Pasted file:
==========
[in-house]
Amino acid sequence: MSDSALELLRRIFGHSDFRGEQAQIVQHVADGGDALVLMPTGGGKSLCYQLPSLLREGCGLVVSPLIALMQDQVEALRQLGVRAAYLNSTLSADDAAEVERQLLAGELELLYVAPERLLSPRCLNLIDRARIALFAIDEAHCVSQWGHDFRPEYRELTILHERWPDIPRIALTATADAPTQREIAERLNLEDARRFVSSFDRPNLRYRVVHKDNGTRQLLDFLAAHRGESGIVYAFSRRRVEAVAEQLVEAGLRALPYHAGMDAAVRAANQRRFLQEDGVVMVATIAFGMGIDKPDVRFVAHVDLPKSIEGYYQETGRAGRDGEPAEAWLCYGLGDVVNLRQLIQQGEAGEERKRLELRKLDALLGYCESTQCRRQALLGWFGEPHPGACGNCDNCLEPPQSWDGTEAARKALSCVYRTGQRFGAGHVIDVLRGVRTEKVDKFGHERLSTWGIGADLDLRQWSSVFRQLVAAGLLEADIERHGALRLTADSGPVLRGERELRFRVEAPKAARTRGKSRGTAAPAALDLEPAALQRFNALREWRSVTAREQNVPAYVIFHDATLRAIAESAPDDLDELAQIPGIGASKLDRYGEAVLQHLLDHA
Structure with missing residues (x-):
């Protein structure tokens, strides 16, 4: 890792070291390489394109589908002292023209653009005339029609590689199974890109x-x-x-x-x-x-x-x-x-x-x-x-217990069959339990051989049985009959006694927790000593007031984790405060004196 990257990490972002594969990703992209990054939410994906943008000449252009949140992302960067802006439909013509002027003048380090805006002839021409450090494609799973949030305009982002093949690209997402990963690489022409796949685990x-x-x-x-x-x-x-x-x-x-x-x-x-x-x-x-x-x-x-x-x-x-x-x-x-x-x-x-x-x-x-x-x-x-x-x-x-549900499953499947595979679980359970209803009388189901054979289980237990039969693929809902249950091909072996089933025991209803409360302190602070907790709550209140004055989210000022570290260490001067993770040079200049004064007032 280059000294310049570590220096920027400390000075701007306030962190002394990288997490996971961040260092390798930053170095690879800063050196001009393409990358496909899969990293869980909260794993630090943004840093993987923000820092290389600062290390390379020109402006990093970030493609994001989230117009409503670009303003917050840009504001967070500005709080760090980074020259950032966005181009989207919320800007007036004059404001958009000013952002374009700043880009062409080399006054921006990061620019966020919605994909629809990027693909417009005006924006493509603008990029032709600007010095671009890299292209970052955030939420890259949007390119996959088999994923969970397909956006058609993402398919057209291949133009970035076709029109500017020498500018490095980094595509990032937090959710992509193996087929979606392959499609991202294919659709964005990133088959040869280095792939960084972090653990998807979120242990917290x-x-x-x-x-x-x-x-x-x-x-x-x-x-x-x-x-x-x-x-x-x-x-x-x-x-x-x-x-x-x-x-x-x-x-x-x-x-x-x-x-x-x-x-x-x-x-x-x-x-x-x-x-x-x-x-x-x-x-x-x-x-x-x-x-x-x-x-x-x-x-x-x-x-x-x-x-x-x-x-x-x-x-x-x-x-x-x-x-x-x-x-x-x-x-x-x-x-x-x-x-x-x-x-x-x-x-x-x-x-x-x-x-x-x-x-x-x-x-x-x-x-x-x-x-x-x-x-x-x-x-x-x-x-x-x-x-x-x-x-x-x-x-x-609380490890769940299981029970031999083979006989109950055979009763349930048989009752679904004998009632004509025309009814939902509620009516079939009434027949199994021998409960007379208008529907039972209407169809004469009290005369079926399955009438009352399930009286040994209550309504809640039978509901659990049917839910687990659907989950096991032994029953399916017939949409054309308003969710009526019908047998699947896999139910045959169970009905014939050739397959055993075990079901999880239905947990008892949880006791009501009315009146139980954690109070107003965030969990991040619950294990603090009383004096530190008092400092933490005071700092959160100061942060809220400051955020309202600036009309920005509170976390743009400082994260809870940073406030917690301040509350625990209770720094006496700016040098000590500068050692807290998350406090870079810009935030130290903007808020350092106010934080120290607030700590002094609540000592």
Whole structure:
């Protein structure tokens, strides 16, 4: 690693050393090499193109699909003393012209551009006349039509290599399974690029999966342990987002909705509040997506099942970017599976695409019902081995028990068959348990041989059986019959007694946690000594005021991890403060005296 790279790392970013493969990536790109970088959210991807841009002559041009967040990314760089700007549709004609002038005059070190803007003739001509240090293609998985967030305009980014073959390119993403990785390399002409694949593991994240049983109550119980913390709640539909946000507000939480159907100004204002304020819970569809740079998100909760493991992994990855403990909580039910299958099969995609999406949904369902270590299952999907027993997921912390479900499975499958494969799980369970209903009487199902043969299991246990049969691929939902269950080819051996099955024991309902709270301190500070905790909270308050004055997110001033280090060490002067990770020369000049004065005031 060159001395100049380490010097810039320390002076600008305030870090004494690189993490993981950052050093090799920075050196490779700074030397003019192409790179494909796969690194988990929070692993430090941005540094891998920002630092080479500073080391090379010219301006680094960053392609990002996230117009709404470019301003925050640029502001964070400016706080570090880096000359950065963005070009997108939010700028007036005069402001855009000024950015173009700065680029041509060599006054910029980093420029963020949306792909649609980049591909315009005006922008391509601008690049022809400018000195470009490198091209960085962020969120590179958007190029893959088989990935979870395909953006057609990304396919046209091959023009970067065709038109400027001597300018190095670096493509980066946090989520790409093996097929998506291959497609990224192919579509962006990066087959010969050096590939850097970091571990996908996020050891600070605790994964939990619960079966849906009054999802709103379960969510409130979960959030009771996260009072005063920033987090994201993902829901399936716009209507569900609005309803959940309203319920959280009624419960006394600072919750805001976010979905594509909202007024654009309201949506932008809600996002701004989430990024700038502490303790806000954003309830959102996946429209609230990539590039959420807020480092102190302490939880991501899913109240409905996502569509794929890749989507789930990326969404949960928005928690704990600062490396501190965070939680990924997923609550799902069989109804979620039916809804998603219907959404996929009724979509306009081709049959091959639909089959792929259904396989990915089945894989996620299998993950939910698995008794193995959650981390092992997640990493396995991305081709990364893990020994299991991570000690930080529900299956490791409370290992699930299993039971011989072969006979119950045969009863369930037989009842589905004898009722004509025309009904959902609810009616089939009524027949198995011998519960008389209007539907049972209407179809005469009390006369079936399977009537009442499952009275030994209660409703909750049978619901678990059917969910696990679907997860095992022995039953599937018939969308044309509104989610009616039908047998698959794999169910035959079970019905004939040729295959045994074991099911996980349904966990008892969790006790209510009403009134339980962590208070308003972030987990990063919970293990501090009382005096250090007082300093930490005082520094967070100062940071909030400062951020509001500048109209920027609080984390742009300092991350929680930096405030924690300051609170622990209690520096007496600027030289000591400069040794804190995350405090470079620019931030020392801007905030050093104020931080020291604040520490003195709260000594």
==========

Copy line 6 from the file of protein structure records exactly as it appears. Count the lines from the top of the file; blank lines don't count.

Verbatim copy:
């Protein structure tokens, strides 16, 4: 690693050393090499193109699909003393012209551009006349039509290599399974690029999966342990987002909705509040997506099942970017599976695409019902081995028990068959348990041989059986019959007694946690000594005021991890403060005296 790279790392970013493969990536790109970088959210991807841009002559041009967040990314760089700007549709004609002038005059070190803007003739001509240090293609998985967030305009980014073959390119993403990785390399002409694949593991994240049983109550119980913390709640539909946000507000939480159907100004204002304020819970569809740079998100909760493991992994990855403990909580039910299958099969995609999406949904369902270590299952999907027993997921912390479900499975499958494969799980369970209903009487199902043969299991246990049969691929939902269950080819051996099955024991309902709270301190500070905790909270308050004055997110001033280090060490002067990770020369000049004065005031 060159001395100049380490010097810039320390002076600008305030870090004494690189993490993981950052050093090799920075050196490779700074030397003019192409790179494909796969690194988990929070692993430090941005540094891998920002630092080479500073080391090379010219301006680094960053392609990002996230117009709404470019301003925050640029502001964070400016706080570090880096000359950065963005070009997108939010700028007036005069402001855009000024950015173009700065680029041509060599006054910029980093420029963020949306792909649609980049591909315009005006922008391509601008690049022809400018000195470009490198091209960085962020969120590179958007190029893959088989990935979870395909953006057609990304396919046209091959023009970067065709038109400027001597300018190095670096493509980066946090989520790409093996097929998506291959497609990224192919579509962006990066087959010969050096590939850097970091571990996908996020050891600070605790994964939990619960079966849906009054999802709103379960969510409130979960959030009771996260009072005063920033987090994201993902829901399936716009209507569900609005309803959940309203319920959280009624419960006394600072919750805001976010979905594509909202007024654009309201949506932008809600996002701004989430990024700038502490303790806000954003309830959102996946429209609230990539590039959420807020480092102190302490939880991501899913109240409905996502569509794929890749989507789930990326969404949960928005928690704990600062490396501190965070939680990924997923609550799902069989109804979620039916809804998603219907959404996929009724979509306009081709049959091959639909089959792929259904396989990915089945894989996620299998993950939910698995008794193995959650981390092992997640990493396995991305081709990364893990020994299991991570000690930080529900299956490791409370290992699930299993039971011989072969006979119950045969009863369930037989009842589905004898009722004509025309009904959902609810009616089939009524027949198995011998519960008389209007539907049972209407179809005469009390006369079936399977009537009442499952009275030994209660409703909750049978619901678990059917969910696990679907997860095992022995039953599937018939969308044309509104989610009616039908047998698959794999169910035959079970019905004939040729295959045994074991099911996980349904966990008892969790006790209510009403009134339980962590208070308003972030987990990063919970293990501090009382005096250090007082300093930490005082520094967070100062940071909030400062951020509001500048109209920027609080984390742009300092991350929680930096405030924690300051609170622990209690520096007496600027030289000591400069040794804190995350405090470079620019931030020392801007905030050093104020931080020291604040520490003195709260000594």